In San Francisco, we say that we are a city that values opportunity, inclusion and community, and we have a responsibility to make those values real.
That means making sure all our mothers and families can be healthy, are enjoying stable housing, quality education and economic security, and can live in neighborhoods where we belong. It means connecting mothers and families to doctors and hospitals that respect our concerns and experiences. It also means confronting racism wherever we encounter it—whether in our education or health systems or in our communities—and doing everything in our power to stop it.
San Francisco can only prosper when all of our children have a fair chance to be born healthy and can reach their full potential, and when every one of us can live in communities full of opportunity. When we work together to ensure that our children, mothers and families can thrive, we create a better city for all of us.
In San Francisco today, far too many Black and Pacific Islander women and are shut out of the resources and opportunities they need—such as housing, respectful and quality healthcare, nourishing food, good jobs and livable wages—to have healthy pregnancies or births.
The consequences are devastating for all of us. Today in San Francisco, one in seven African American babies is born premature, a rate that is worse than many developing countries. With a preterm birth rate of 14 percent, Black women in San Francisco are nearly three times more likely to experience preterm birth than white women. The preterm birth rate for Pacific Islander women in San Francisco is 11 percent, nearly 3 points higher than the national preterm birth rate for Asians and Pacific Islanders.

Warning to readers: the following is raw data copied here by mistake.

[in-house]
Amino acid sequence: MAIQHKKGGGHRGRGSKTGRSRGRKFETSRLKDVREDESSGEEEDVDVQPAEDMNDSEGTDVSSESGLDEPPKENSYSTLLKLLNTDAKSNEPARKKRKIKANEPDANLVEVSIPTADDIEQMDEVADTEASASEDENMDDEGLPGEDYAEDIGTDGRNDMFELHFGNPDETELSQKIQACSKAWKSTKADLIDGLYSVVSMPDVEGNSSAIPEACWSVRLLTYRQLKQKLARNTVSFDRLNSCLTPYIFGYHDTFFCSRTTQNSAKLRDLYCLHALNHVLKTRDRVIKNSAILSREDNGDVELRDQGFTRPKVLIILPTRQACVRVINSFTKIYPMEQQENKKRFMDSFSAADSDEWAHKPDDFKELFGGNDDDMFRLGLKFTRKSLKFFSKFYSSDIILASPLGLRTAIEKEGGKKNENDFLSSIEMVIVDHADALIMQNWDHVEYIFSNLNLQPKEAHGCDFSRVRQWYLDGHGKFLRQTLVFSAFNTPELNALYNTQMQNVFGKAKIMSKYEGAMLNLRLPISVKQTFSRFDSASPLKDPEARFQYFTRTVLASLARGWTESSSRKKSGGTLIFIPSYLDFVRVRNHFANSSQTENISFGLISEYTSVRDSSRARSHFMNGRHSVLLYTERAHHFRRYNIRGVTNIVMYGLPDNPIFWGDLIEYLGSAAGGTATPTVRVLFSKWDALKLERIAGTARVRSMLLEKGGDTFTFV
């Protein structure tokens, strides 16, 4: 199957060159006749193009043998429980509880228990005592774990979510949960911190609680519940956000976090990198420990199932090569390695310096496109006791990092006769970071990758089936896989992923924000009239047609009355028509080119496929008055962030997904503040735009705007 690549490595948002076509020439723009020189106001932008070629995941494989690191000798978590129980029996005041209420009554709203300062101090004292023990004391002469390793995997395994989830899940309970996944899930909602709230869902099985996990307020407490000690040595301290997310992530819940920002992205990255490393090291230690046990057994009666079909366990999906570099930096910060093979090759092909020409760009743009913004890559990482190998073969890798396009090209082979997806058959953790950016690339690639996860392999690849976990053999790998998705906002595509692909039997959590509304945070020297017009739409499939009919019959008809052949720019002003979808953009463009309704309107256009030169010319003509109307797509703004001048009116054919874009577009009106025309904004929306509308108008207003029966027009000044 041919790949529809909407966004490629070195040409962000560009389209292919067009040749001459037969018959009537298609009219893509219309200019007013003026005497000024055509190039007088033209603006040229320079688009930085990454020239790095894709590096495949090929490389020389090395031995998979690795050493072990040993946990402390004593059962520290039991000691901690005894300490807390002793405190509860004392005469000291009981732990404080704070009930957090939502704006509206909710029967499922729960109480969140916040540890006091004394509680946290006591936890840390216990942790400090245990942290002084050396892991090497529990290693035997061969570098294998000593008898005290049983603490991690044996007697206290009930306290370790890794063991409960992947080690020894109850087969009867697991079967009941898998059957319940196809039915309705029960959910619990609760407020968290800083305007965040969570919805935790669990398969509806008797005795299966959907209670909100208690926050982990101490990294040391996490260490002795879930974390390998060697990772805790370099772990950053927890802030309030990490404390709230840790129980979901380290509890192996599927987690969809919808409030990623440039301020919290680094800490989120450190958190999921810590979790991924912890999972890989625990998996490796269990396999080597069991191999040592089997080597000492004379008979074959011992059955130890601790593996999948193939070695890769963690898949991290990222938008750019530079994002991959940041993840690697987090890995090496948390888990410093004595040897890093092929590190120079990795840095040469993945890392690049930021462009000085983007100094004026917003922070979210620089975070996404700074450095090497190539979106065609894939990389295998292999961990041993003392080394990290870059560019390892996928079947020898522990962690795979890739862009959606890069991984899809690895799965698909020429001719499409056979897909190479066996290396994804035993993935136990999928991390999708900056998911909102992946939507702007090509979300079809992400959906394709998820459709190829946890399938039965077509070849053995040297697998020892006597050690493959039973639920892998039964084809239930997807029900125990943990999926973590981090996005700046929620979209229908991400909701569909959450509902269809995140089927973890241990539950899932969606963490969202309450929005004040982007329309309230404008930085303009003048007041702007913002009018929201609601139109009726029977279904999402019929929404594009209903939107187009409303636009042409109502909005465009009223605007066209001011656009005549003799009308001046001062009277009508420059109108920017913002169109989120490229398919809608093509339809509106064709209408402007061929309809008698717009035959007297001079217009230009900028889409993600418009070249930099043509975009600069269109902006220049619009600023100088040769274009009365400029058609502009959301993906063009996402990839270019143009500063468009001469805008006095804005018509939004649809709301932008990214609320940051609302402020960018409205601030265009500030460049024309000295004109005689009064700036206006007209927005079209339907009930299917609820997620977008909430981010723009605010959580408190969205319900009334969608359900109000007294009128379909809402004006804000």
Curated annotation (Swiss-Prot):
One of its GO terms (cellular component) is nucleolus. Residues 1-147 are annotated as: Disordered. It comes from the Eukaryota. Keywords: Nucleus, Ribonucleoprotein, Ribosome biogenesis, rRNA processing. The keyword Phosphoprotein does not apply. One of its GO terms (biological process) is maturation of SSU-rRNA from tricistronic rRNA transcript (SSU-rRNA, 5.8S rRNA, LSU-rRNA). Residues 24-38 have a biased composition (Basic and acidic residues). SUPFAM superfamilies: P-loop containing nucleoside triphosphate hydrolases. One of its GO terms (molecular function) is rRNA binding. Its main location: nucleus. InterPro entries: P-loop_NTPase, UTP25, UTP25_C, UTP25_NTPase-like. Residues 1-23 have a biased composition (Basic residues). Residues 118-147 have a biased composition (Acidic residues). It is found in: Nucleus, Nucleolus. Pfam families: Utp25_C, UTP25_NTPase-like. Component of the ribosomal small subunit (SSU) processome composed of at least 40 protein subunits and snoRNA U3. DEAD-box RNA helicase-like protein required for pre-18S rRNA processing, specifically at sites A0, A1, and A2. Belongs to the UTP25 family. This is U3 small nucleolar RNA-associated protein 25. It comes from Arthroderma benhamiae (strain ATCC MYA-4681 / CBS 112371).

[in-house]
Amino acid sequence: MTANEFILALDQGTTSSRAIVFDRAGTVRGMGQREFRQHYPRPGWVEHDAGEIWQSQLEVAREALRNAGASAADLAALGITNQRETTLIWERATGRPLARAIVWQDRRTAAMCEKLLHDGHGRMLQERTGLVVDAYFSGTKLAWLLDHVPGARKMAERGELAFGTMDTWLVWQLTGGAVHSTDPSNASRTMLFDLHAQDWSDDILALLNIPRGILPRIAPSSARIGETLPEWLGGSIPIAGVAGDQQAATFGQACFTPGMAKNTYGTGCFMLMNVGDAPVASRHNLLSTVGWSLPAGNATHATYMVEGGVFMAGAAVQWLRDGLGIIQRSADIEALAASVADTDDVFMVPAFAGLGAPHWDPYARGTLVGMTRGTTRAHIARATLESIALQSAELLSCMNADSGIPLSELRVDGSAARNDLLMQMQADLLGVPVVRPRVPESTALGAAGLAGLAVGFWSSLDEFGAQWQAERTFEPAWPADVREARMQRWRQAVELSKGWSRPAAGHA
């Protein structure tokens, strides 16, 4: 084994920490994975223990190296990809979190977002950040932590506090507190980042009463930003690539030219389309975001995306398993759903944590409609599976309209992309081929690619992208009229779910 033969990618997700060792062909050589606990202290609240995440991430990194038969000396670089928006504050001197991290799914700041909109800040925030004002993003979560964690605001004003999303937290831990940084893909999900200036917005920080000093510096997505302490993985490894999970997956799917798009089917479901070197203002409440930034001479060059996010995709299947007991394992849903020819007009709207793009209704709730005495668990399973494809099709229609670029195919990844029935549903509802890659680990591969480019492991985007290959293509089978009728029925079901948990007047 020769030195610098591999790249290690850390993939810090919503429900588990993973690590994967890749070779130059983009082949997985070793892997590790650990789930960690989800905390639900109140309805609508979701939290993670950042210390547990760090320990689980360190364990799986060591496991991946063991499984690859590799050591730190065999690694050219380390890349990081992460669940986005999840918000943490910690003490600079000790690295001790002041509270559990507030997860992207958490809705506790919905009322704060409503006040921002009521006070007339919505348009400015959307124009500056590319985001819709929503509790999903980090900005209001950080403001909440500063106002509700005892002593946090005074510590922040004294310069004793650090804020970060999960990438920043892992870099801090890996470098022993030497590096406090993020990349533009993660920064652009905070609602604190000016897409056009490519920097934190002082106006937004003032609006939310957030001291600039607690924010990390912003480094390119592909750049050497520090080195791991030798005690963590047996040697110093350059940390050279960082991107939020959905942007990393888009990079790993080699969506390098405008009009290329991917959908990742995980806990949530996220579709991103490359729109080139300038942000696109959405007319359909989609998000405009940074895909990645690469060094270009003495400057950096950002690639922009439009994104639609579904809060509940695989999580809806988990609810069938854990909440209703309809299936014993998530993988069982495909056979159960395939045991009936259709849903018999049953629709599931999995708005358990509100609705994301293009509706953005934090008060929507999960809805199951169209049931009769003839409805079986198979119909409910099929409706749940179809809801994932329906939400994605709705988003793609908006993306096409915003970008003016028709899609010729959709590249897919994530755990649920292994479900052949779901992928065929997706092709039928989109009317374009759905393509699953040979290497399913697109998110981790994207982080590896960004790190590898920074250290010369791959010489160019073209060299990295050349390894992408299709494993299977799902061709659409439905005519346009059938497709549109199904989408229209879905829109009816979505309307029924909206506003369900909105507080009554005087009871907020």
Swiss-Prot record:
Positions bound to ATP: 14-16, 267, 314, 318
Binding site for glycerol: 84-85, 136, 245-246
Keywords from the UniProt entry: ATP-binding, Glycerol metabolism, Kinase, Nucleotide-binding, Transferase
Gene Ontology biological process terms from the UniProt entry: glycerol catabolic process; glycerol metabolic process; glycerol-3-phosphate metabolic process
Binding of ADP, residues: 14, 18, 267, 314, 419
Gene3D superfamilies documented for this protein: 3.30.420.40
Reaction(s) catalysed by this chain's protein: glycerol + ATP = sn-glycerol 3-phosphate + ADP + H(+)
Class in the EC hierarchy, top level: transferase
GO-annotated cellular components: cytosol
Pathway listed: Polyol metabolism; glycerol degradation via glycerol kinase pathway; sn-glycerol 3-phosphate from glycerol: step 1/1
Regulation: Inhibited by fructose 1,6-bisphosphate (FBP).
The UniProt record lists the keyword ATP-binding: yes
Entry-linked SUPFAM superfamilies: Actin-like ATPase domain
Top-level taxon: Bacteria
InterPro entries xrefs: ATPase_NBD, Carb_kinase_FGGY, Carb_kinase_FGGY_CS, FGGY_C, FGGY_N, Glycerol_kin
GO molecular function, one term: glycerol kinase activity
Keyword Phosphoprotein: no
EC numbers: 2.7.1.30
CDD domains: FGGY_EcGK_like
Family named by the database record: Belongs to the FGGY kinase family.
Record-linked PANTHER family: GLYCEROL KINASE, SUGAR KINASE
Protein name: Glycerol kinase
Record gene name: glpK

Race is not a factor for these disparities; racism is. Research increasingly shows that systemic and everyday racism negatively affects the health of mothers and birth outcomes. If we don’t act now to address these disparities so that all of our kids can have an equitable start, and mothers have what they need to be healthy, we will never become the city we aspire to be.
Expecting Justice is a Black-led collaborative, mobilizing leaders from across San Francisco to take action for healthy Black and Pacific Islander births. We are aligning our knowledge, resources, and efforts to name and repair the impact of racism on the health of mothers, families, and children in our city.
Expecting Justice was formed nearly two years ago to address these inequities. Expecting Justice is a Black-led, cross-sector initiative consisting of city agencies, community-based organizations, health providers, and community members. In partnership with the University of California, San Francisco (UCSF) California Preterm Birth Initiative (PTBi-CA), Expecting Justice is taking an innovative, multi-component approach, using racial equity as a framework, to address key dimensions of vulnerability faced by Black and PI women during pregnancy and childbirth.